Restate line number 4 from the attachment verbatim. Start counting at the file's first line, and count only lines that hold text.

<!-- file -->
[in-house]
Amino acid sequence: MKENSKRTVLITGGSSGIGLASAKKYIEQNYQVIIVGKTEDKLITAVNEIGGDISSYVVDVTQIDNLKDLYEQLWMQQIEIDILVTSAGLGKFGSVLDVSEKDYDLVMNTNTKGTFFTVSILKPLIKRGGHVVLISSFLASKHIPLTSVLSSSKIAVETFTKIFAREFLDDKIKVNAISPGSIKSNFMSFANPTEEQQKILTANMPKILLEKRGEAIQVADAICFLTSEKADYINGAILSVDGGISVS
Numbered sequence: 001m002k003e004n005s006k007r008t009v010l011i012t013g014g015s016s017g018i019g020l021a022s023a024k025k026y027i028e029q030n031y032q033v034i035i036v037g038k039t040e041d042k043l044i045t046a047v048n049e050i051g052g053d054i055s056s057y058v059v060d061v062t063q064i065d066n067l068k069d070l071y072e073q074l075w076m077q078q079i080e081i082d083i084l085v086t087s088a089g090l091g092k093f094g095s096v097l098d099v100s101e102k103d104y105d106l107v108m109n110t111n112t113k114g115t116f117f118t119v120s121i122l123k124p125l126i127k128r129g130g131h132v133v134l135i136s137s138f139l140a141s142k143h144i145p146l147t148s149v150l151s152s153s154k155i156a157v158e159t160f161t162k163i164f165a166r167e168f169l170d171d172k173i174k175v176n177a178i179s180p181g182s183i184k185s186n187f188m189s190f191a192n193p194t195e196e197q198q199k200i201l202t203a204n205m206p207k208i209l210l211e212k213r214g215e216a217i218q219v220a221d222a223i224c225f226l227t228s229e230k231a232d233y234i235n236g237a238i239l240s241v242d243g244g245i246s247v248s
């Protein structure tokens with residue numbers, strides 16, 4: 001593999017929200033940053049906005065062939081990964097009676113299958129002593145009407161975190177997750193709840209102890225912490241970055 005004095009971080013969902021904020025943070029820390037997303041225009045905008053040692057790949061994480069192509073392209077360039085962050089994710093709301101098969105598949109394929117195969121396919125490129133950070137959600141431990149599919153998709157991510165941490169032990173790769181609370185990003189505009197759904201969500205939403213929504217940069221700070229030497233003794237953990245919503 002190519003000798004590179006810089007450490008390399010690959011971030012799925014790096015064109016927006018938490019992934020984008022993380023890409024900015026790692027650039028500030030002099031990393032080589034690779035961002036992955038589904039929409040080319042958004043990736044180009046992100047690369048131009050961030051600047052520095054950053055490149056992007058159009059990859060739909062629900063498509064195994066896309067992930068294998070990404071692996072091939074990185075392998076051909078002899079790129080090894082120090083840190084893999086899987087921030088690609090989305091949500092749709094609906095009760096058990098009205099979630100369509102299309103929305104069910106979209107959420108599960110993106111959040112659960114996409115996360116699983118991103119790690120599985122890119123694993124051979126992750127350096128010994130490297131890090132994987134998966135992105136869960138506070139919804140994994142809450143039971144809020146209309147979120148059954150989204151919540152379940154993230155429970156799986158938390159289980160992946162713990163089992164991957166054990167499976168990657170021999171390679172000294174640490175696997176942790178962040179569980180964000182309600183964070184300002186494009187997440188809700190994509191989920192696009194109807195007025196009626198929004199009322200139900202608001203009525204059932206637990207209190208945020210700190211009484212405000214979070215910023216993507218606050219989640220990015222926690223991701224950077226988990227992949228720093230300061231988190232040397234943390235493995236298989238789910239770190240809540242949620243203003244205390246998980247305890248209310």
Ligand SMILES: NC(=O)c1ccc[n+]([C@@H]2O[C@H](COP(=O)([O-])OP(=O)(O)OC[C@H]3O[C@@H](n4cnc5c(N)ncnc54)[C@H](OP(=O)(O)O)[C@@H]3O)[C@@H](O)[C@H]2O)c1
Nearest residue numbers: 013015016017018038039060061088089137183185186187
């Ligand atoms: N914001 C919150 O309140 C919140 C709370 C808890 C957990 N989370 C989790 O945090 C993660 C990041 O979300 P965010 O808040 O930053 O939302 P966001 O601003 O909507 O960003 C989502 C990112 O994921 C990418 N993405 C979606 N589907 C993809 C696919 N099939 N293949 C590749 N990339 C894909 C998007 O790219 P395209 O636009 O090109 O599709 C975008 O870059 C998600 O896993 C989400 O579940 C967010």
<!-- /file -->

């Protein structure tokens with residue numbers, strides 16, 4: 001593999017929200033940053049906005065062939081990964097009676113299958129002593145009407161975190177997750193709840209102890225912490241970055 005004095009971080013969902021904020025943070029820390037997303041225009045905008053040692057790949061994480069192509073392209077360039085962050089994710093709301101098969105598949109394929117195969121396919125490129133950070137959600141431990149599919153998709157991510165941490169032990173790769181609370185990003189505009197759904201969500205939403213929504217940069221700070229030497233003794237953990245919503 002190519003000798004590179006810089007450490008390399010690959011971030012799925014790096015064109016927006018938490019992934020984008022993380023890409024900015026790692027650039028500030030002099031990393032080589034690779035961002036992955038589904039929409040080319042958004043990736044180009046992100047690369048131009050961030051600047052520095054950053055490149056992007058159009059990859060739909062629900063498509064195994066896309067992930068294998070990404071692996072091939074990185075392998076051909078002899079790129080090894082120090083840190084893999086899987087921030088690609090989305091949500092749709094609906095009760096058990098009205099979630100369509102299309103929305104069910106979209107959420108599960110993106111959040112659960114996409115996360116699983118991103119790690120599985122890119123694993124051979126992750127350096128010994130490297131890090132994987134998966135992105136869960138506070139919804140994994142809450143039971144809020146209309147979120148059954150989204151919540152379940154993230155429970156799986158938390159289980160992946162713990163089992164991957166054990167499976168990657170021999171390679172000294174640490175696997176942790178962040179569980180964000182309600183964070184300002186494009187997440188809700190994509191989920192696009194109807195007025196009626198929004199009322200139900202608001203009525204059932206637990207209190208945020210700190211009484212405000214979070215910023216993507218606050219989640220990015222926690223991701224950077226988990227992949228720093230300061231988190232040397234943390235493995236298989238789910239770190240809540242949620243203003244205390246998980247305890248209310």